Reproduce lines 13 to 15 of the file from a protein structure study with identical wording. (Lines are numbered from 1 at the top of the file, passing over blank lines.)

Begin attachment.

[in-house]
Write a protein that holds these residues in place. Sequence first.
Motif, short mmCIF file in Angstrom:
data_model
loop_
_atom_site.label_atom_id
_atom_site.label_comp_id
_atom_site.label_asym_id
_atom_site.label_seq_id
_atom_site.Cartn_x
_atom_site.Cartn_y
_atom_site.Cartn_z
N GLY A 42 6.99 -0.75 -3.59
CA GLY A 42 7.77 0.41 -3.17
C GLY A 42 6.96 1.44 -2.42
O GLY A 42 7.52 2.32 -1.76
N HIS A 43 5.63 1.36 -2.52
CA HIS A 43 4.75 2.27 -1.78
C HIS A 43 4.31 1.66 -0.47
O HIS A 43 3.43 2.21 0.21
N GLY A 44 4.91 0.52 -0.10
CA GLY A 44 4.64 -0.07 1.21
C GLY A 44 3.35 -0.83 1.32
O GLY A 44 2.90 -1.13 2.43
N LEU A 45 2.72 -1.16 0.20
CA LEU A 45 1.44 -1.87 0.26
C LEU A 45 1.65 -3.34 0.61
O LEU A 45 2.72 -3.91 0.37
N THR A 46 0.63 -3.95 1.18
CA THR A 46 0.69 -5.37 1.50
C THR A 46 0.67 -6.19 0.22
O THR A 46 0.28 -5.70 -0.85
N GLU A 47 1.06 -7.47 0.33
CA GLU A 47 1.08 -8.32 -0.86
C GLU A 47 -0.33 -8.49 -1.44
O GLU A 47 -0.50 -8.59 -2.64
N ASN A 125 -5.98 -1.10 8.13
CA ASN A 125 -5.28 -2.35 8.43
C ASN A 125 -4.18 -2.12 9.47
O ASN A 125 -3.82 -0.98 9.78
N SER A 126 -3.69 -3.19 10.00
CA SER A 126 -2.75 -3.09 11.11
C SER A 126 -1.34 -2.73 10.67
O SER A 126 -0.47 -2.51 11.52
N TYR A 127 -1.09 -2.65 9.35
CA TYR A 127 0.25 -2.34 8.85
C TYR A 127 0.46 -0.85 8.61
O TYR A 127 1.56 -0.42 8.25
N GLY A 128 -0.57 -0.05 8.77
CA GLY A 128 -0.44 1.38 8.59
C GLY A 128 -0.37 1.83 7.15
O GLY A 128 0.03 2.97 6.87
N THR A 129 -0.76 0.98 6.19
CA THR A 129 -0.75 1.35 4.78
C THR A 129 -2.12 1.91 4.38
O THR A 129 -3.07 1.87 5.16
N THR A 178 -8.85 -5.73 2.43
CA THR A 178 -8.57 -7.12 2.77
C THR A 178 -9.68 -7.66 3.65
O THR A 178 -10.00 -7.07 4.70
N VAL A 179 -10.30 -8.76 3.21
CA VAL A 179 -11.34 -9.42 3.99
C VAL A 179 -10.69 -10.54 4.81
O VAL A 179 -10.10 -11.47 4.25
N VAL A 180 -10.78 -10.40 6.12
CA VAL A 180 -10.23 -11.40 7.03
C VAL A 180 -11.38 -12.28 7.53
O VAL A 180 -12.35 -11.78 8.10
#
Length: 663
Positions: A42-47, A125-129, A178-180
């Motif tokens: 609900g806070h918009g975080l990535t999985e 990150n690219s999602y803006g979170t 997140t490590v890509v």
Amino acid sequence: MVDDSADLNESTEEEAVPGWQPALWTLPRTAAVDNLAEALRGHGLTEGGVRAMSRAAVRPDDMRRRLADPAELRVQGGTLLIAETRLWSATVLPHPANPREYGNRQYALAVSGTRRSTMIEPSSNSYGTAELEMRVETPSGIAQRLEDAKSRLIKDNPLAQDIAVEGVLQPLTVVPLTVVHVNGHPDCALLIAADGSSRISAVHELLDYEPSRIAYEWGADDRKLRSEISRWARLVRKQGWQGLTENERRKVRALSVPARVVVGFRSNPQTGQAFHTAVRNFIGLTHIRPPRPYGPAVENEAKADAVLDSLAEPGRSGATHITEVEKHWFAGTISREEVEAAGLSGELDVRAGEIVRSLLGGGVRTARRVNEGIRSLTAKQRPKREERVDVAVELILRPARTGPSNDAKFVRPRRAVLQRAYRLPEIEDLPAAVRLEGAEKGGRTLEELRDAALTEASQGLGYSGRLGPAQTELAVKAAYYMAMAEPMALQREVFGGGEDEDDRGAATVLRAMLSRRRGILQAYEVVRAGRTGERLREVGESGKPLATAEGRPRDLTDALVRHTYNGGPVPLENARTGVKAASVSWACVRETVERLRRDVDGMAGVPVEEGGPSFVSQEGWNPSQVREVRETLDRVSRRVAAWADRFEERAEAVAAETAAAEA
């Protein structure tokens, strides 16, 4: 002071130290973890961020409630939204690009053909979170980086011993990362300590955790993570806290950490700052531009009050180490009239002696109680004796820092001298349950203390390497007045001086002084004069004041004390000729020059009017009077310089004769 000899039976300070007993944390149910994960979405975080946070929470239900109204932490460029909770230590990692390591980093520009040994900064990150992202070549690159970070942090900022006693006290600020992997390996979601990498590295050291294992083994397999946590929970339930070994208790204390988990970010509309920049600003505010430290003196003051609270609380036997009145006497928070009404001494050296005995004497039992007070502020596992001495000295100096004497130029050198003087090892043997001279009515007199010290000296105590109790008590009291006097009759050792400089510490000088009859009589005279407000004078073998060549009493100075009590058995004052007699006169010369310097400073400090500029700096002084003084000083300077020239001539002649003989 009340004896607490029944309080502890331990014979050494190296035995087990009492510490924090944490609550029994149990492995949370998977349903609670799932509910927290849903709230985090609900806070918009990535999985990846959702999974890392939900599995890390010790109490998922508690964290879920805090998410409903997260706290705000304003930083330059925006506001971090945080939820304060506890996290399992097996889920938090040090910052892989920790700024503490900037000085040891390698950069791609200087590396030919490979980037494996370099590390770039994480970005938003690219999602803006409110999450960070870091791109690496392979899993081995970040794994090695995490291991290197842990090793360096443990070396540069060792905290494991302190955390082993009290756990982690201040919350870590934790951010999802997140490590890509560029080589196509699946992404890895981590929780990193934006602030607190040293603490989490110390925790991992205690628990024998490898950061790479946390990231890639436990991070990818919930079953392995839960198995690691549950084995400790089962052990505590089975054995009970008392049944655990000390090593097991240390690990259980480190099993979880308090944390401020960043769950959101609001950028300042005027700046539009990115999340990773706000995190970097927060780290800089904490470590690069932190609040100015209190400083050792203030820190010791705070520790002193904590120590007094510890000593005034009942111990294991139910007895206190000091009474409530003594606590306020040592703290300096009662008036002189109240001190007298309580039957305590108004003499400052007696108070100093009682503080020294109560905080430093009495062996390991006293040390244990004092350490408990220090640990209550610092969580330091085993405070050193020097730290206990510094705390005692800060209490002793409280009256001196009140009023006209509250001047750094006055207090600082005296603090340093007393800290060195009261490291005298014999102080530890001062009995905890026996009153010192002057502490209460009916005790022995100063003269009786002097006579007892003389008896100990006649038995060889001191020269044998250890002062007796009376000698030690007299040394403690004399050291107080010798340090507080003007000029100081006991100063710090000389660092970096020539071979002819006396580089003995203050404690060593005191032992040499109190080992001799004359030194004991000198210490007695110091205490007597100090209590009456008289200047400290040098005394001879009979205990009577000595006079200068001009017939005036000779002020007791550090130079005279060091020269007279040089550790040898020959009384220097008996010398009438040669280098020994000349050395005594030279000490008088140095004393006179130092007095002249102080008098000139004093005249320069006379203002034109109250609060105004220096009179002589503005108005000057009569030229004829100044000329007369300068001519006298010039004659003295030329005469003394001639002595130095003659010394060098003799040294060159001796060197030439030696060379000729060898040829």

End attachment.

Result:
N GLY A 42 6.99 -0.75 -3.59
CA GLY A 42 7.77 0.41 -3.17
C GLY A 42 6.96 1.44 -2.42